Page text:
Launching bopdrop: How We Got 2,000 Downloads on Our First Day

By Nick Epson on June 17, 2020

For some of us, music is life – bopdrop is a new music app (download it here) built by Blue Label Labs that aims to expand user’s listening experiences by providing a social platform that links with Spotify, enabling users to find new music based on the people they follow as well as their user-defined listening preferences. You can think of bopdrop as “Instagram for music.” Beyond being a great idea and equally slick looking app, what sets the bopdrop story apart is its successful launch strategy, that started from its very early beta, that saw it launch to over 2,000 organic downloads on its first day driven purely through word of mouth marketing.?

While some might scoff at 2,000 downloads on a single day being worthy of celebration, in truth, unless you are spending tons of money on marketing or a viral unicorn, 2,000 downloads is an excellent showing for an initial launch and far surpasses what most apps do. In this post, we take a closer look at the bopdrop app and then outline the marketing tactics used by the bopdrop and Blue Label teams to power its launch day success.

The bopdrop music app

If you’re a Spotify fan, you’re aware of all the cool things it does. It’s done a remarkable job at bringing a myriad of artists and their works together in one music app where finding a song, artist, or genre is just a few taps away.

The bopdrop app expands on the music experience of Spotify by offering a platform where users can discover new music based on the users their following as well as artists and genres. After creating an account, users can search for other users to follow much like any other social platform.

User posts show up in a timeline that has a familiar feeling UI – from here, you can listen to snippets of songs posted by users and add them to your Spotify or use the sharing feature to another user. By selecting the “Add” icon, the song you selected is added to a Spotify playlist that bopdrop creates, appropriately named “bopdrop.” Every day, a user can post one song to the platform as well as add a custom caption.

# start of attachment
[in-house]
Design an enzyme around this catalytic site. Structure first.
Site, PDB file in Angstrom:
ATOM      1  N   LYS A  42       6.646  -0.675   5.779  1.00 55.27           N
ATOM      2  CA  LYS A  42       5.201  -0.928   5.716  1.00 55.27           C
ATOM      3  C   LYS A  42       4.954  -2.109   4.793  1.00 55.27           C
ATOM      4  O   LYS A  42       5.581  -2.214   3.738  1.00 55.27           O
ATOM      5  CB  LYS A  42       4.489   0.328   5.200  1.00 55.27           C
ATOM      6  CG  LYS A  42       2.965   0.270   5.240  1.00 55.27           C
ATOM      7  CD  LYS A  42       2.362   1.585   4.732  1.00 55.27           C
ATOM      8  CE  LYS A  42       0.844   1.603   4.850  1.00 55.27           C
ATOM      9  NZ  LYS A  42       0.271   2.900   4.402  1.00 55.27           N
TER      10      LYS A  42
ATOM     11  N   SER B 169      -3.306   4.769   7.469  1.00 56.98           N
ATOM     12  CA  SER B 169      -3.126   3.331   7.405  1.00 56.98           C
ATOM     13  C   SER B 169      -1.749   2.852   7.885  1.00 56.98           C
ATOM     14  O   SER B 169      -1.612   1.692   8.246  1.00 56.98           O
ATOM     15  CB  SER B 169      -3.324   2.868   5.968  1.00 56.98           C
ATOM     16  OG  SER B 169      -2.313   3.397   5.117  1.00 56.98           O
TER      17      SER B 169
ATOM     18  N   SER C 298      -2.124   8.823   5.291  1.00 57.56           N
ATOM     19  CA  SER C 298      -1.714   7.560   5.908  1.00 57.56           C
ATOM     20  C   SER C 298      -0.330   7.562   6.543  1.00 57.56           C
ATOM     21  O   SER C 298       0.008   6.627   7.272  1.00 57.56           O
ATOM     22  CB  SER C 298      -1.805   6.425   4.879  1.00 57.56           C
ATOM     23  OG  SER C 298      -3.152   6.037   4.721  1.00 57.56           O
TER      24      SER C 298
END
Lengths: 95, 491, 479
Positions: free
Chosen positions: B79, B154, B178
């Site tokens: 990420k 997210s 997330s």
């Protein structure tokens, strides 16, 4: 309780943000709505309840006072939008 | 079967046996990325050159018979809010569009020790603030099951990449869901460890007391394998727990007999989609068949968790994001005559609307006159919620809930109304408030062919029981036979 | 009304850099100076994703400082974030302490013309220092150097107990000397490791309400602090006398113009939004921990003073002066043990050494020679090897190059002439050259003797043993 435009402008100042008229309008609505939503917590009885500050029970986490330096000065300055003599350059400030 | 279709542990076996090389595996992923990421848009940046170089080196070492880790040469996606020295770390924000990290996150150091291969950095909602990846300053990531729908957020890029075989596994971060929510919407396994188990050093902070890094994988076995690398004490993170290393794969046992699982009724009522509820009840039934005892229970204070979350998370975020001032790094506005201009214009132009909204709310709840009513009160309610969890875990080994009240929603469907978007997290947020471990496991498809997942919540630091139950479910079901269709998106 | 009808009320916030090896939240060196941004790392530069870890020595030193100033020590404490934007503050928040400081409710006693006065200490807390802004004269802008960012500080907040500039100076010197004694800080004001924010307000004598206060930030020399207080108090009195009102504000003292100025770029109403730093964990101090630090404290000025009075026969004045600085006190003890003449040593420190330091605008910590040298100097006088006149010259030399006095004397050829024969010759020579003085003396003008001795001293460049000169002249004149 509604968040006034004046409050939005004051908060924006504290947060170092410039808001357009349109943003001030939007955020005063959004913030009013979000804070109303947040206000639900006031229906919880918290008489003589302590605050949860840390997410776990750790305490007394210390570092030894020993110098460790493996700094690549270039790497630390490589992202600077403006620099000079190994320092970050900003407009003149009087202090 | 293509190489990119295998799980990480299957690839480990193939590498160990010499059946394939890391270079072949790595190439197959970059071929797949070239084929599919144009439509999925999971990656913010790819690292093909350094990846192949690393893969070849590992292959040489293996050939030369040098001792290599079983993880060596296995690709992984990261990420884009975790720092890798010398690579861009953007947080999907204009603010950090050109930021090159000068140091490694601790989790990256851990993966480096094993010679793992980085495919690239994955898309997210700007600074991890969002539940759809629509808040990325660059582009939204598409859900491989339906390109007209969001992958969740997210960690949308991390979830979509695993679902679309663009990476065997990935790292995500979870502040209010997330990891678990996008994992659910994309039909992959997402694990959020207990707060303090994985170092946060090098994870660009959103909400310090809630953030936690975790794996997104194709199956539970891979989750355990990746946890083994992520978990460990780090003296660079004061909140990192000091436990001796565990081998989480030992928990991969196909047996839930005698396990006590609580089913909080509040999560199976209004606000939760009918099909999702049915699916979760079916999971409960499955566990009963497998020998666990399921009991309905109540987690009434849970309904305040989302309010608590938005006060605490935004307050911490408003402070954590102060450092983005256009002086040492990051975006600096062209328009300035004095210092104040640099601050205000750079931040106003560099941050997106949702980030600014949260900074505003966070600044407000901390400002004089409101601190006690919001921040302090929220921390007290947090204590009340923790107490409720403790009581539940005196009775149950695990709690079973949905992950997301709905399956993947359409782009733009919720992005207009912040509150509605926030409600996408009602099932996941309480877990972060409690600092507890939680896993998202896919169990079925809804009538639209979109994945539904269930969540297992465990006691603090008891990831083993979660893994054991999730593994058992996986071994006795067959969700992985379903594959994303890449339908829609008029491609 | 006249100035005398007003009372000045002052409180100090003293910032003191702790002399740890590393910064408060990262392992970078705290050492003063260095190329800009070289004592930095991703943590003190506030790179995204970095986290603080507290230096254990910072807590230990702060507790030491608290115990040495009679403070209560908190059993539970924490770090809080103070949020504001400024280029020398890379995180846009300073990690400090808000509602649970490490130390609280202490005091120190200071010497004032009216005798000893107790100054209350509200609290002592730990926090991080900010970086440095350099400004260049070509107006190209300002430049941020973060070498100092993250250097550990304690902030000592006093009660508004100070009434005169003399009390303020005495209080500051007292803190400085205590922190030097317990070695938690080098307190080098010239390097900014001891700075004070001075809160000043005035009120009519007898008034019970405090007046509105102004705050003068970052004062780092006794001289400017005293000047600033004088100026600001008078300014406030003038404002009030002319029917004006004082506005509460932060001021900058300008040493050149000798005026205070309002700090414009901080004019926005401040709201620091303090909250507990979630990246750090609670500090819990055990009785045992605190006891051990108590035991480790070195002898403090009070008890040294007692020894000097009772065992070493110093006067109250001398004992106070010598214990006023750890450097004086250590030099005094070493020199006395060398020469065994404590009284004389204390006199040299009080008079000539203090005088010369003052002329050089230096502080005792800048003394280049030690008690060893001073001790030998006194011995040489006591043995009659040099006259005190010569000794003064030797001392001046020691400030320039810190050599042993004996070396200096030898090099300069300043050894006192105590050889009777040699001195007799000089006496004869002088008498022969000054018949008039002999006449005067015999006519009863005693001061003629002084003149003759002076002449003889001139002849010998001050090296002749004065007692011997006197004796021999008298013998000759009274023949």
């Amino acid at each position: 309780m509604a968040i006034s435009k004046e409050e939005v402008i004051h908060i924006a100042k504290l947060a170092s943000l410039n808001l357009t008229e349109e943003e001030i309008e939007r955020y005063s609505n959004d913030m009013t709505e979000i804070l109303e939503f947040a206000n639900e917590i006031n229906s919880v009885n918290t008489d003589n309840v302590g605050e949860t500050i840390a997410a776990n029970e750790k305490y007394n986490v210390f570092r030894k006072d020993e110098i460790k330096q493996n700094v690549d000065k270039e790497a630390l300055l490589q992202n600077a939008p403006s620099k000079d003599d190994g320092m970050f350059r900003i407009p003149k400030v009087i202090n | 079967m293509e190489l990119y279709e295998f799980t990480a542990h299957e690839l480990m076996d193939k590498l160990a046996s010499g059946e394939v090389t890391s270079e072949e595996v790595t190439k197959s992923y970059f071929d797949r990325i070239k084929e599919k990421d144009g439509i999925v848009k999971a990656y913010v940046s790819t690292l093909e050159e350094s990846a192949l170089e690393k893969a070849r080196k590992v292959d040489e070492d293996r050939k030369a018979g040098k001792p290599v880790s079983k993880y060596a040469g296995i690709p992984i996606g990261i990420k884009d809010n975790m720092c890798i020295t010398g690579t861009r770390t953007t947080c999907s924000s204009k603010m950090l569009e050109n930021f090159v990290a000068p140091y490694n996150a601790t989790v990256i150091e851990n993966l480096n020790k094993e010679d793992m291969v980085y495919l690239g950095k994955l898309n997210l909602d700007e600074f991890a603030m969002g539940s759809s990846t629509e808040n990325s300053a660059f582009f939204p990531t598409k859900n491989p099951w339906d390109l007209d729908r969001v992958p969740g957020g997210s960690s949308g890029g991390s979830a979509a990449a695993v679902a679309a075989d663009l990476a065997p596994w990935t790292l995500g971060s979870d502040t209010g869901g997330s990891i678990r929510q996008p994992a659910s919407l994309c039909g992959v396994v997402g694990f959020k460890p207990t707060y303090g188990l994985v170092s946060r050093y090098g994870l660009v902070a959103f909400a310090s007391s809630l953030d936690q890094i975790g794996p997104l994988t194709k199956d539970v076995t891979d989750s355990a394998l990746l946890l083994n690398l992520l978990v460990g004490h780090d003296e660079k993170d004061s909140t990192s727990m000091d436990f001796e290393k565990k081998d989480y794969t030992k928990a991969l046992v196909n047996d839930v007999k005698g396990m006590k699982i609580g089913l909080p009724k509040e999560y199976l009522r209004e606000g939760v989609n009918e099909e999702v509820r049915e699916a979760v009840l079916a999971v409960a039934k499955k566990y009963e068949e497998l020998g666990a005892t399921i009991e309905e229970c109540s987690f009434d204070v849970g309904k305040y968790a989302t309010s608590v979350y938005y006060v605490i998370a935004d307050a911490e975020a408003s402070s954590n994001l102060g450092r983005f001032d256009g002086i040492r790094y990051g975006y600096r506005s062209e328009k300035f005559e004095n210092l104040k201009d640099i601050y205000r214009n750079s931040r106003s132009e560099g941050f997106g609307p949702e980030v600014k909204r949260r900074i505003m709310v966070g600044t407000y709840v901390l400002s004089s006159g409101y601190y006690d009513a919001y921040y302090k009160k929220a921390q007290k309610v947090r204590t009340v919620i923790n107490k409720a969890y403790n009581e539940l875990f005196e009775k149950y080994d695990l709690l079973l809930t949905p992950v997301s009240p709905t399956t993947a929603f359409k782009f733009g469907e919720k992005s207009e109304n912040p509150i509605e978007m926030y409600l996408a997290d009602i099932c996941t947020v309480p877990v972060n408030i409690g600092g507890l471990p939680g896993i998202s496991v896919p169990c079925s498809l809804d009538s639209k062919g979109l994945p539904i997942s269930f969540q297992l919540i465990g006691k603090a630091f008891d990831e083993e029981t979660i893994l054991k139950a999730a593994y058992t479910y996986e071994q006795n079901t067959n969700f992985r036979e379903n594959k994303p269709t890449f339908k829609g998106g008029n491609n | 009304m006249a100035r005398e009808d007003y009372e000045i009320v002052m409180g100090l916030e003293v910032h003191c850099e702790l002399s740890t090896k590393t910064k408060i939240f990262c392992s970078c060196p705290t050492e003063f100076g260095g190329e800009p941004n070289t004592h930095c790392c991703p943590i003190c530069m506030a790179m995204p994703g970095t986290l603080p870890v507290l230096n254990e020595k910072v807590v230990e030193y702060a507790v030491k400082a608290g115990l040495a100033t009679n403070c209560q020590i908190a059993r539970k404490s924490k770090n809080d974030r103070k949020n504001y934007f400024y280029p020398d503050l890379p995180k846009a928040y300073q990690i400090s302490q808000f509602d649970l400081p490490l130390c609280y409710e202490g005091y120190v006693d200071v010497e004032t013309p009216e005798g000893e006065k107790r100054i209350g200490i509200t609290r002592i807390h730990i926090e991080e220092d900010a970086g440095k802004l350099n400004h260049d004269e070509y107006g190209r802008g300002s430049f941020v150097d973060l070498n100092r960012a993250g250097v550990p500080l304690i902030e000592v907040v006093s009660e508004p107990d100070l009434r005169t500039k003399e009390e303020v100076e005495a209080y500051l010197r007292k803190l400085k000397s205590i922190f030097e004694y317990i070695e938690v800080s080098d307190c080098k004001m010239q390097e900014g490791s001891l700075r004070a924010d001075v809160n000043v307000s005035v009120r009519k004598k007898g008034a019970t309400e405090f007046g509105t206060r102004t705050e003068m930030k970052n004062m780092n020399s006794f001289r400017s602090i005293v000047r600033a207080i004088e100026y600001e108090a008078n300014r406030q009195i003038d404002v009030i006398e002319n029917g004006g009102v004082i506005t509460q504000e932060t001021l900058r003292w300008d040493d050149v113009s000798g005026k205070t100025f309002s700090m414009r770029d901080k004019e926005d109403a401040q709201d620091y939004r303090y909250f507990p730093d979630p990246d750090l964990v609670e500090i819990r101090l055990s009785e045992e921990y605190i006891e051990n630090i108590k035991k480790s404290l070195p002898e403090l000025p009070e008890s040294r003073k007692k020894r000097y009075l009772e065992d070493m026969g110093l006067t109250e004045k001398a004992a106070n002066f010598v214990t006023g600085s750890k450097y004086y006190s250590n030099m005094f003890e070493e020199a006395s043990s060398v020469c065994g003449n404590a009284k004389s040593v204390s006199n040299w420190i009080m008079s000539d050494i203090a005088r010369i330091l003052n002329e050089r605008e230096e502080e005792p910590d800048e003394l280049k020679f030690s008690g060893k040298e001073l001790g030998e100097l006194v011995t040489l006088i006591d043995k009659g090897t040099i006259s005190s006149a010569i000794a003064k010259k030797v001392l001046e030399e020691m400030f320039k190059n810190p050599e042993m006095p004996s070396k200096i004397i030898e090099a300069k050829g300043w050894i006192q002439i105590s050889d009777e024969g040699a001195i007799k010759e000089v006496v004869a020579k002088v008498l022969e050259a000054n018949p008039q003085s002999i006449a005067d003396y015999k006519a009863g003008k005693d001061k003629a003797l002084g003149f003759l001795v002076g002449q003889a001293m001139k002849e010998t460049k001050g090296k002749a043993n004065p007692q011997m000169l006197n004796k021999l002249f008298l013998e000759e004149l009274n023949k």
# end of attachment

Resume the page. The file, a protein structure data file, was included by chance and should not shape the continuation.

In a lot of ways, it functions similarly to Instagram – users scroll through a familiar-feeling timeline to explore content and have the ability to contribute their own content which may also appear in other user’s feeds.

bopdrop: from idea to action

The founder of bopdrop, Matt Krause, was working as a financial professional for some years but had always felt that a certain something was missing. Though his career brought a degree of success, it lacked the kind of fulfillment that’s commonplace when a job does little to engage your real calling. Eventually realizing that he wanted to do something that involved his real passion, music, he decided to engage his entrepreneurial spirit, quit his job, and set out to put his professional skills to better use.

Before starting his new venture, Matt had already identified that something was missing from the market. You can find new music by browsing through a music app like Spotify and Apple Music or use platforms like Facebook and Twitter where friends might occasionally share songs but nothing to date has successfully integrated social networks specifically around music.

From here, he set out to build something new that would resonate with other music lovers. To top it off, the marketing model was one of the leanest models we’ve ever seen that’s yielded a successful product launch.